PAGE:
Daniel Ferreira <subtileos / gmail.com> wrote:
> Hi,
> 
> I would like to ask ruby core members the following question if it is possible:
> 
> With the advent of Immutable Strings in ruby 3 what will be the
> difference between Immutable Strings and Symbols?

Note: we already have optimizations for immutable strings
starting with Ruby 2.1+

Ruby 2.1 - introduced opt_str_freeze
           "literal string".freeze in source code dedupe,
	   fine-grained, conservative, but verbose and ugly

Ruby 2.2 - introduced opt_aset_with/opt_aref_with
           Hash#[] and Hash#[]= with literal string args have
	   implicit freeze applied to them.  This only affects
	   base Hash objects and not subclasses; but is mostly
	   transparent.

Ruby 2.3 - frozen_string_literal magic comment supported per-source
           file.  All literal strings in a source file with the magic
	   comment can behave like "literal string".freeze from 2.1+
	   This needs to be carefully applied to existing source,
	   as it is easy to introduce incompatibilities.

For Ruby 3, I do not support frozen_string_literal becoming the
default.  I am 100% against breaking existing code.  Too much
1.8 code was broken when 1.9 came out and Ruby lost users as a
result.  But it's not my decision...

> Performance wise will Immutable Strings be similar to Symbols?

Maybe, I haven't checked in a while.  Sometimes, things can be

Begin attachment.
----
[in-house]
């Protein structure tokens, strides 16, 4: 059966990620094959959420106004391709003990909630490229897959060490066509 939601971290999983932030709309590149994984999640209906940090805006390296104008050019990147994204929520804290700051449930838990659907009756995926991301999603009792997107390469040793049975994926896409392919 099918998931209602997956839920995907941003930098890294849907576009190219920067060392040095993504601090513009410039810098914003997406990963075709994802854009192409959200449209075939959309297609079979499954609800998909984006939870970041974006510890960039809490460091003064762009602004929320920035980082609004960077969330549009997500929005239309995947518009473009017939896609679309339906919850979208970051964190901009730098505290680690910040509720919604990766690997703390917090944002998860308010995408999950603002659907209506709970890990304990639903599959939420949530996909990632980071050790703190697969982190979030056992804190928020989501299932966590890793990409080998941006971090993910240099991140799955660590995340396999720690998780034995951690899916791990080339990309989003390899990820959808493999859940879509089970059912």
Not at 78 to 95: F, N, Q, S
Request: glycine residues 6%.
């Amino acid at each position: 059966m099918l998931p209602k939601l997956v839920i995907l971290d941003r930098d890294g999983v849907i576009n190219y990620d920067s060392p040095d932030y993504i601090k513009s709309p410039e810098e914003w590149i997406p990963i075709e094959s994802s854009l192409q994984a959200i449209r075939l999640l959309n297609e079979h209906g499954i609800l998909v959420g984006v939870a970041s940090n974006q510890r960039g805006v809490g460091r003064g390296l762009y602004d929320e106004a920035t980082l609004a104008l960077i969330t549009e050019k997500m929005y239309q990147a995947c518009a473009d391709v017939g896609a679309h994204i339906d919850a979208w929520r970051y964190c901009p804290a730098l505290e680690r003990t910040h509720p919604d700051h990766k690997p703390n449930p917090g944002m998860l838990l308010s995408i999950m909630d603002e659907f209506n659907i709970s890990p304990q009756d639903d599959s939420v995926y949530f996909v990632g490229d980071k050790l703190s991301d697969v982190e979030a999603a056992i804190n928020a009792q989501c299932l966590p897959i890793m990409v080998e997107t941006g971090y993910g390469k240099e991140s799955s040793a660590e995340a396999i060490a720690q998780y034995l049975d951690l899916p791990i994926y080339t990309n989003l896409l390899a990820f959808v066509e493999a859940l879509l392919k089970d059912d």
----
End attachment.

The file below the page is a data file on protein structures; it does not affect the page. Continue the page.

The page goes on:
faster since there's no intermediate (mutable) string object:

`puts :foo` causes mutable "foo" to be created, but
`puts "foo".freeze` will not.

I was going to say Strings have better known hashing algorithms
so you may get better hash distribution; but Symbols use
the hash value based on the underlying string nowadays (r51410)

> If we put the hypothesis of removing Symbols from ruby would that have
> any negative impact on performance?

Fundamentally they are different things, and I am not a
semantics person.  Performance should not change much if at all.
The performance of most other languages is fine without symbols,
including Perl5 which I consider a close relative of Ruby.

> What other side effects could we envision?

But again, I don't support breaking production code.  We may
need to support symbols in the language forever.  Anyways, I
enjoy typing symbols since they take less keystrokes and require
less screen space, especially with 1.9+ JSON-like Hash syntax.

However, symbols do take up more memory, since every symbol has
an immutable fstring is attached to them along with
symbol-specific data.  Immutable strings only have extra
overhead from being in the fstring table.

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